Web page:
After A Long Pandemic Delay, Ly Nguyen’s Delicious Vietnamese Comfort Food Arrives In Dumbo

It’s not exactly “meet cute,” but it’s still a pretty good story. Ly Nguyen grew up on a farm in Khanh Hoa, Vietnam, moving to Saigon with her brother when she was 16 and, eventually, opening up both a restaurant and a beauty salon in that city. One day in the early 2010s a kid from Brooklyn named Patrick Lin wandered into the latter and… that was it, love at first sight, and in 2016 the couple got married and moved to Vinegar Hill together, where they live today with their infant son Liam.

Sweet, right? But the real reason I’m telling you any of this right now is that Nguyen happens to be an excellent chef, and she and Lin just opened a great restaurant in Dumbo called Em Vietnamese Bistro, a larger, slightly more ambitious sequel to their well-regarded original in Bensonhurst. And though you’d never know it when you’re sitting here all happy and feasting on the food, the couple’s journey to this point was as bumpy as the cobblestones down on Plymouth Street.

“Opening the restaurant during COVID was impossible,” says Lin. “Everything was delayed. It was just setback after setback when it came to construction and inspections. Luckily our landlord, Two Trees, was willing to work with us. It’s also been a challenge finding staff, particularly for the kitchen, but right now we’re just glad we got through it. We signed the lease in July 2019 and finally got the restaurant open after 22 months.”

Lin said they never closed their 86th street location during all of this, and “during the peak of the pandemic it was just my wife, me, and one of the partners working. When everything else was shut down in the neighborhood, it actually got really busy for us and we got discovered by a lot of new customers. We would stay at the restaurant until 2 a.m., then the next morning to buy supplies because a lot of wholesalers were closed too and weren’t doing delivery.” And adding to all that, “We also found out later that my wife was pregnant at the time.”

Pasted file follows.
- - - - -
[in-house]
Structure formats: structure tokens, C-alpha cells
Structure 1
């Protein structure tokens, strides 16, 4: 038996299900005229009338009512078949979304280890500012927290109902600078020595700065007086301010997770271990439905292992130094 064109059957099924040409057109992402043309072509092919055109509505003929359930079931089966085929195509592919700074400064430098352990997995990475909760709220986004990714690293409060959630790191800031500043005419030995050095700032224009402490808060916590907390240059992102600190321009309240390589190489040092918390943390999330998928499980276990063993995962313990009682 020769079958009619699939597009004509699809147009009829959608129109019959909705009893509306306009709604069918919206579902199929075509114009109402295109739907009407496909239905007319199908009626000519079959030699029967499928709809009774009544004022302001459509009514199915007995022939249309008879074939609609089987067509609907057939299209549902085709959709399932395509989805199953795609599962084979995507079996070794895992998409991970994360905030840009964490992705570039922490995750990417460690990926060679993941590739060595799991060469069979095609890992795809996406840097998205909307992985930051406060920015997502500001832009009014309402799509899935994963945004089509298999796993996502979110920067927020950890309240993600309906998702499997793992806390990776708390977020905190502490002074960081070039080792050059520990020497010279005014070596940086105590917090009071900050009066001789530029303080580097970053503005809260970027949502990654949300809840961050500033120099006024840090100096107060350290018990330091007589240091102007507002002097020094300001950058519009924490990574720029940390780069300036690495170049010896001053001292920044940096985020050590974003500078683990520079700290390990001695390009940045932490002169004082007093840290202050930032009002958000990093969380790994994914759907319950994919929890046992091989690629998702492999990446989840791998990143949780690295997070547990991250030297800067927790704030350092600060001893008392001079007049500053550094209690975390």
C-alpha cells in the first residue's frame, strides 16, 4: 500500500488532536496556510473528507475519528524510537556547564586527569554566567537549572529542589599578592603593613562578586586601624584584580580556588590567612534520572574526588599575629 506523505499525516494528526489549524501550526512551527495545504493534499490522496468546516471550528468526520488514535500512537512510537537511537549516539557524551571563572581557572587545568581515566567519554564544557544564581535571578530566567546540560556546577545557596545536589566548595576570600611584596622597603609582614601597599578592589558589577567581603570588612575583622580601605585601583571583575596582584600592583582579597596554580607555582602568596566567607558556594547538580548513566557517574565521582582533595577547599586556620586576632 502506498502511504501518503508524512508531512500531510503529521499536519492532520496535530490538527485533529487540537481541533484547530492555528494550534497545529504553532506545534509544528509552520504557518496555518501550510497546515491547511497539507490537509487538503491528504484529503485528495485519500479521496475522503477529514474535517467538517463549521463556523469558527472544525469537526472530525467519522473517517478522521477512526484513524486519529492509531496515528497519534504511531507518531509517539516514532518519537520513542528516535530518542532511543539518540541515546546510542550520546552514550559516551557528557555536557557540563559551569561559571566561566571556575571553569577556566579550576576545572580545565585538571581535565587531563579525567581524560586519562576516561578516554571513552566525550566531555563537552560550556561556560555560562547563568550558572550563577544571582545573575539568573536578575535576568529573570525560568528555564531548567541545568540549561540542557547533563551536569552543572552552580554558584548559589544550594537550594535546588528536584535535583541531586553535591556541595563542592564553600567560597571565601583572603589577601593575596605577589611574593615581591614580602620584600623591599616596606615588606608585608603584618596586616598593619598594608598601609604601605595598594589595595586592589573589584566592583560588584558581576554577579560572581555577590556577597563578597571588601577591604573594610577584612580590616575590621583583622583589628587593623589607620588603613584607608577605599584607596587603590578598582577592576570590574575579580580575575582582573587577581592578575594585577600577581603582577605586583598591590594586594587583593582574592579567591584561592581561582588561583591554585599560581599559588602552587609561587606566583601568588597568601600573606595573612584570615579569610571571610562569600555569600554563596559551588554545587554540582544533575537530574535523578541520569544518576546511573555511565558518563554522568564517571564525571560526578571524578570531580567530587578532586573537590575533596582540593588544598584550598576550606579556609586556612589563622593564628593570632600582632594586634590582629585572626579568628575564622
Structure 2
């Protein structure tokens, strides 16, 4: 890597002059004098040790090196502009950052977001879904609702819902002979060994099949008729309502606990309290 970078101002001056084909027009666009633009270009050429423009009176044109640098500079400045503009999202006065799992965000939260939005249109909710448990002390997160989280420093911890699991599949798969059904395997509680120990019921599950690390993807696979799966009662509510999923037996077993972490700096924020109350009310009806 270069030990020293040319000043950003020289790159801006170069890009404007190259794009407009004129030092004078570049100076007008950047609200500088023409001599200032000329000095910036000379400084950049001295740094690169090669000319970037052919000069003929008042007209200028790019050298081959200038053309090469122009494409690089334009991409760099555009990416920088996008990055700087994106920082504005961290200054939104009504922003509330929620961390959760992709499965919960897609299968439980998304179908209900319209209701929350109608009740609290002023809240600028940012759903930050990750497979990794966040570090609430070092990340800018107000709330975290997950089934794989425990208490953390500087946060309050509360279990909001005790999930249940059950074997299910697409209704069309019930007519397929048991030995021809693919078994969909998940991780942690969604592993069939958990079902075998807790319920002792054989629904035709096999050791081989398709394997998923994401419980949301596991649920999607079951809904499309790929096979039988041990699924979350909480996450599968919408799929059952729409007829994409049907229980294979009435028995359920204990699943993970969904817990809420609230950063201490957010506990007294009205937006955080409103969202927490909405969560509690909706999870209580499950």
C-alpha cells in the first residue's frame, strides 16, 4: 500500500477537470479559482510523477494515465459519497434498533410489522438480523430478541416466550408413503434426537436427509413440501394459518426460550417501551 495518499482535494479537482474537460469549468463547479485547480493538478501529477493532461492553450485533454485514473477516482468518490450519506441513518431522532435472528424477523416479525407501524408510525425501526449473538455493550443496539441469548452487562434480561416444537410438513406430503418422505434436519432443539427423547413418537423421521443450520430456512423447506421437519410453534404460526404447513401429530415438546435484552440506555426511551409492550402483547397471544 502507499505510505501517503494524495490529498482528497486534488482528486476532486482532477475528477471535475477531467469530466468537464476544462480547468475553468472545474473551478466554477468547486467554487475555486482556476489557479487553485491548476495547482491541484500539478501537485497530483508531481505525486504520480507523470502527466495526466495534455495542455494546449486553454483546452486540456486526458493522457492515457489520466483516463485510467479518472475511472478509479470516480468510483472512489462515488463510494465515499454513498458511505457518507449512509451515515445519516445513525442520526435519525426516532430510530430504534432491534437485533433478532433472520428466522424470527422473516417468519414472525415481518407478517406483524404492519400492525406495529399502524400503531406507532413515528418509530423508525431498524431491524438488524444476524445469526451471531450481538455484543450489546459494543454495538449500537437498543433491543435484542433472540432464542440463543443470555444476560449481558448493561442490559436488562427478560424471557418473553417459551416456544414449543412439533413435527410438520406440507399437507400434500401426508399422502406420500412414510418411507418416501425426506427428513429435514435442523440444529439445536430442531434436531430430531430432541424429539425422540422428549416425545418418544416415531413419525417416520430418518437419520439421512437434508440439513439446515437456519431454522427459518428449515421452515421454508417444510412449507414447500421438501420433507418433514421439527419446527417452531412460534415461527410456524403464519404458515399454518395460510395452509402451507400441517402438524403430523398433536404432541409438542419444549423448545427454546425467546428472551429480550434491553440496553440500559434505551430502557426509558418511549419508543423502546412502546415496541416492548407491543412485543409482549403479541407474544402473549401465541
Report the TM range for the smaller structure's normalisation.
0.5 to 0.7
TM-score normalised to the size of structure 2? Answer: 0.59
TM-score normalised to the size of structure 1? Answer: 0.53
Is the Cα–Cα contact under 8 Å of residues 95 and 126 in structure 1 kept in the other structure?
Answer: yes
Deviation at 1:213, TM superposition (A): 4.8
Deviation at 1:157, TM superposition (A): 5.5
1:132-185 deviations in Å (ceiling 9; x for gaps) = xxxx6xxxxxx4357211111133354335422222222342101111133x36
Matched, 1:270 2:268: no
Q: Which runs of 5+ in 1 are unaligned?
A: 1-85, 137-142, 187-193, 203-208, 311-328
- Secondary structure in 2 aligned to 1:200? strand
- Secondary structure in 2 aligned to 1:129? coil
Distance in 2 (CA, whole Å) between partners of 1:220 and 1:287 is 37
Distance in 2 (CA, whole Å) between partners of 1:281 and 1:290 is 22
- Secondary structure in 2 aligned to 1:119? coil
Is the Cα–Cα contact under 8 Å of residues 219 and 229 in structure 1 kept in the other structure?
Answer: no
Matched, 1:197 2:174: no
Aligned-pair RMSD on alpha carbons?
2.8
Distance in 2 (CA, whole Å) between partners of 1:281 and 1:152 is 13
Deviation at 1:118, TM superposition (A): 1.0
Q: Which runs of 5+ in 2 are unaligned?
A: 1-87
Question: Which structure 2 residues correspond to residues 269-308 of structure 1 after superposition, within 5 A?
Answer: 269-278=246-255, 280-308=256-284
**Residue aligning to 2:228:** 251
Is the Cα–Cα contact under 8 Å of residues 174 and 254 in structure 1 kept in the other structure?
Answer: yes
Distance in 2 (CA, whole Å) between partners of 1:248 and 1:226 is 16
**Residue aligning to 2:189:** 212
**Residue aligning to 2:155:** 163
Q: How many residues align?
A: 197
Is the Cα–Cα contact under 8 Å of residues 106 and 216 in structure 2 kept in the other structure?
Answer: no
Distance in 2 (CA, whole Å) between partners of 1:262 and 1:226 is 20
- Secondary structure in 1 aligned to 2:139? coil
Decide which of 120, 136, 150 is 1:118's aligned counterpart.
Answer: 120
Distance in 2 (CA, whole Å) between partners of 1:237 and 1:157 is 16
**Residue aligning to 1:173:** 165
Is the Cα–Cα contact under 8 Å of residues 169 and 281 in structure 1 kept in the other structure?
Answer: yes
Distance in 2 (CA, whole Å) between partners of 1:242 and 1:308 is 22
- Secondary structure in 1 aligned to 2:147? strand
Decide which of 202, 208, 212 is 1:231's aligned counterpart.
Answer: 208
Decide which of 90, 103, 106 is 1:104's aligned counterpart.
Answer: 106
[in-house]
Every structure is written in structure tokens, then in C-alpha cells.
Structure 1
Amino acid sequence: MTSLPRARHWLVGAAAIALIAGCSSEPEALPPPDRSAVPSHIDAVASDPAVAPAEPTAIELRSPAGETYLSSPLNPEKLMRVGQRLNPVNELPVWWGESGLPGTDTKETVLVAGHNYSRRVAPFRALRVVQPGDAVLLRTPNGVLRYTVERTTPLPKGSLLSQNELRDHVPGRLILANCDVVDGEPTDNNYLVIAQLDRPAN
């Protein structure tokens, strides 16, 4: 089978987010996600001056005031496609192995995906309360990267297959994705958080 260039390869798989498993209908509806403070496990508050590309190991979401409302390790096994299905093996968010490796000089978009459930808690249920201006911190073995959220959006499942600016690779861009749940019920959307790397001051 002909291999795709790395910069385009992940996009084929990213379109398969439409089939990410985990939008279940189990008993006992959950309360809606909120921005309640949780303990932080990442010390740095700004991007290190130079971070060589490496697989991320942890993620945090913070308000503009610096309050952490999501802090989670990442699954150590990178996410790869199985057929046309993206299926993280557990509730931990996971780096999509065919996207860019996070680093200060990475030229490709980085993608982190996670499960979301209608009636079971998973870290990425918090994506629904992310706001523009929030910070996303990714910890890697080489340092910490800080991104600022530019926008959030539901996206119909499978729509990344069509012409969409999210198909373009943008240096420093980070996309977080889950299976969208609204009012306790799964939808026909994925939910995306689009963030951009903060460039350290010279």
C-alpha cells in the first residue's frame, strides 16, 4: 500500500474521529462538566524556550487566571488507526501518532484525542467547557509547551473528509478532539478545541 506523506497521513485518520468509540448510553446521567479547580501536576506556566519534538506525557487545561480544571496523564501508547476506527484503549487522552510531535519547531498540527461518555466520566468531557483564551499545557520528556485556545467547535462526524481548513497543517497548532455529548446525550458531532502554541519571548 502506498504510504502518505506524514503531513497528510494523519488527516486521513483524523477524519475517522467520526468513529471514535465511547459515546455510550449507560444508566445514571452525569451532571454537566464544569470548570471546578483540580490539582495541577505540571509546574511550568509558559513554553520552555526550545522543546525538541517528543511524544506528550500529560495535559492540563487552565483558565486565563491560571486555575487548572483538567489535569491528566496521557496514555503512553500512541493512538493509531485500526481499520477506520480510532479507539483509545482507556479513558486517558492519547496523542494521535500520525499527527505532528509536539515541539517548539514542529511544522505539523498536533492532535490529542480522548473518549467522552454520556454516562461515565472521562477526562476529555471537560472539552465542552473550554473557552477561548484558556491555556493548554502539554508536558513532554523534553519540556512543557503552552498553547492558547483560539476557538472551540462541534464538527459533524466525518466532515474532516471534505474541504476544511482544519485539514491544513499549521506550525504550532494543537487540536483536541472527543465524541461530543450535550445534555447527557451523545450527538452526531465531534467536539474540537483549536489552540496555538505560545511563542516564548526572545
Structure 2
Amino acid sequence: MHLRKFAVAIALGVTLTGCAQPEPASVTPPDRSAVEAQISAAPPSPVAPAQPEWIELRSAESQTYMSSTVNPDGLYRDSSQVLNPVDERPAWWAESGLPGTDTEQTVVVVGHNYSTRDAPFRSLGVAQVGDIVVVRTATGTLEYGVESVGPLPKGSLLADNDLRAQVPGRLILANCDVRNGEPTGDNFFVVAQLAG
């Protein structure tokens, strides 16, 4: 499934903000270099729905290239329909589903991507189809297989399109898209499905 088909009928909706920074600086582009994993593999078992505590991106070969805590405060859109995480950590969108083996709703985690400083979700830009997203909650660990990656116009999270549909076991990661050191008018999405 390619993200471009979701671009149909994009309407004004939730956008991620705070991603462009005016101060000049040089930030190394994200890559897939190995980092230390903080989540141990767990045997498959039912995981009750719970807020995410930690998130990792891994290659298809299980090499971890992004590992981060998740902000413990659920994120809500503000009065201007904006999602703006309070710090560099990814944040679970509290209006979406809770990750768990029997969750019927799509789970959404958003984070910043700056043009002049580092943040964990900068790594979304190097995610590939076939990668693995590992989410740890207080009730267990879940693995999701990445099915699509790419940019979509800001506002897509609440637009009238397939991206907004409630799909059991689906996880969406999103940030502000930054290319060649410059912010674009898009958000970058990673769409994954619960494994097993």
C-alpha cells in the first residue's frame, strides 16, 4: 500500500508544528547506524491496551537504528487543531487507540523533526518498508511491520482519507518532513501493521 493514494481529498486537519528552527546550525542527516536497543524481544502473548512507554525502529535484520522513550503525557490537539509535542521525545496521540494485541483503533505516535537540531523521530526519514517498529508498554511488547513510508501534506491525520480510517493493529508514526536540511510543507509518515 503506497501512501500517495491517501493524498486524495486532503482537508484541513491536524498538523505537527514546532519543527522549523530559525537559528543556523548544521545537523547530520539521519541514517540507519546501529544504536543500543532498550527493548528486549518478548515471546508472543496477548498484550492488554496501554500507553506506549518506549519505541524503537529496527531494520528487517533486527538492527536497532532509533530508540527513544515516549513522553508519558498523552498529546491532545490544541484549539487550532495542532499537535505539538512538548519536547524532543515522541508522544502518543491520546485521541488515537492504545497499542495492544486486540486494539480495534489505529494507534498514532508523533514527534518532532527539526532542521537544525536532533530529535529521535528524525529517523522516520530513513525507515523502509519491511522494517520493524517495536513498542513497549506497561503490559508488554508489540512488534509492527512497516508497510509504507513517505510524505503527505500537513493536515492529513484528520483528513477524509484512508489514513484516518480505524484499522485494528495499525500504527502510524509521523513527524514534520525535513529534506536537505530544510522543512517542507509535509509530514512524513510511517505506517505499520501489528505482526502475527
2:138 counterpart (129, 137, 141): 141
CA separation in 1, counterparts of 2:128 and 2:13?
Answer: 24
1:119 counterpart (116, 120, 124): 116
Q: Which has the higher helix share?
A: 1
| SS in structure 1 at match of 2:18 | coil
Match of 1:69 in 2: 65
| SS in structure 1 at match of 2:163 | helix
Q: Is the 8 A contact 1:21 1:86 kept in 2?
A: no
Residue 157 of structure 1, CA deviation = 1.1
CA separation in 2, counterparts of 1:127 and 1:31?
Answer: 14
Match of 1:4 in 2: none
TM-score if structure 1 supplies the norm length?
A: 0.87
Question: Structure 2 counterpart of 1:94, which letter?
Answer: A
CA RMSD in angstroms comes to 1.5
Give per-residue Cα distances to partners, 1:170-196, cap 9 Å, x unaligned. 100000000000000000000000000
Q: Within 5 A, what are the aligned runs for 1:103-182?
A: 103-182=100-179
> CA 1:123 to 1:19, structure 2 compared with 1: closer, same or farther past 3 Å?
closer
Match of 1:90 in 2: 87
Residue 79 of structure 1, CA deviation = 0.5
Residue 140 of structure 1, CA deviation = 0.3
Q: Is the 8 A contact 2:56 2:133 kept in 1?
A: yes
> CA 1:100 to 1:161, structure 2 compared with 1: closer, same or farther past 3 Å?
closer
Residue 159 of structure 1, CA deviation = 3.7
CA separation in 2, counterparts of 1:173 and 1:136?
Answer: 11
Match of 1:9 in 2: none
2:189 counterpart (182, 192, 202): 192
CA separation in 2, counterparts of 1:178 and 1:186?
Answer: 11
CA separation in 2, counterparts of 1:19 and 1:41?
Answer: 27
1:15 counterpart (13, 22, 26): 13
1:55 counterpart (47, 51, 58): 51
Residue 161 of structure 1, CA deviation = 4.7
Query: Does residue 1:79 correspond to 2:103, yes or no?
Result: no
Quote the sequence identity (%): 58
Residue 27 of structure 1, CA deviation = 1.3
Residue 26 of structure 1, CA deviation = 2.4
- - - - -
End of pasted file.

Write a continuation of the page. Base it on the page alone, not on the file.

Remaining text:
Pho Bo Em ($15)

There are two sides to the menu at the Dumbo Em Vietnamese. The first shares many of the same dishes with the Bensonhurst original, a roster of comfort food classics that include several Bahn Mi (for now available only during weekday lunches); a platter of terrific Chicken Wings, all pungent and sloppy with garlic butter nuoc mam sauce; and a bunch of Nyguyen’s noodle dishes, like the bright and beefy Pho Bo Em that ranks among the best such bowls in town. Also very good was the Com Suon Nuong, a charred pork chop, sticky with nuoc mam and laid over a mound of broken rice, with a liver-y pork cake, called cha, nestled underneath.

The second, and perhaps even more exciting thing going on here are the Em Vietnamese Tapas, of which Lin says “we drew inspiration from what my wife and I would eat during nights out on the town in Saigon when we were living there. Locals would call it ‘di an oc’ which essentially means ‘to go eat mollusks.'” There are plenty of non-mollusk dishes to be had in this section, but probably the best thing I had was the Ngheu Xao Bo, or “Saturday night spicy Saigon style butter clams” which starred the most tender bivalves I’ve had in ages, bobbing in Nguyen’s heavenly broth.

Other tapas of note: Dau Hu Chien, a pile of extra crispy fried tofu in a “secret green sauce;” Bo Kho, which is Nyguyen’s rich and hearty version of a classic South Vietnamese beef stew; and, sleeper hit alert, the delightfully delicate Ca Tim Nuong, featuring strips of skinned grilled eggplant practically buried in cracked peanuts. They’re still waiting on the liquor license, but in the meantime the Em Vietnamese crew will be happy to make you a smoothie or mocktails like the Watermelon Cooler and the Soda Chanh, which is billed as “classic Vietnamese limeade.”

“It’s always been a mission of ours to serve Vietnamese food like it’s being served today in Vietnam,” says Lin. “It’s different from the food my parents grew up with 50 or 60 years ago, which my mom has often pointed out–they did not “go eat mollusks” back then–so some of the dishes may not be that familiar even to Vietnamese-Americans, but would be familiar to recent immigrants. Vietnamese food in Vietnam has evolved over the past 50 years and continues to do so. We’ll be adding more things to the menu as we go along, some will be traditional, some more experimental.”

The restaurant’s exterior has one of those unfortunate generic facades the landlords seem to like at street level of their residential buildings, but the interior is homey and warm. There’s no outdoor seating at present, and the inside tables are distanced until they can get those plexiglass barriers that allow restaurants to increase capacity. Em Vietnamese Bistro already seems to be a hot ticket with the locals–there was a wait for a table on Monday evening by 6:30–so you might want to get a reservation before heading here.

Em Vietnamese Bistro is located at 57 Front Street, between York and Main Streets, and is currently open on Wednesday through Monday from noon to 4 p.m. for lunch, and from 5 p.m. to 9 p.m. for dinner. Closed Tuesdays (718-875-7888;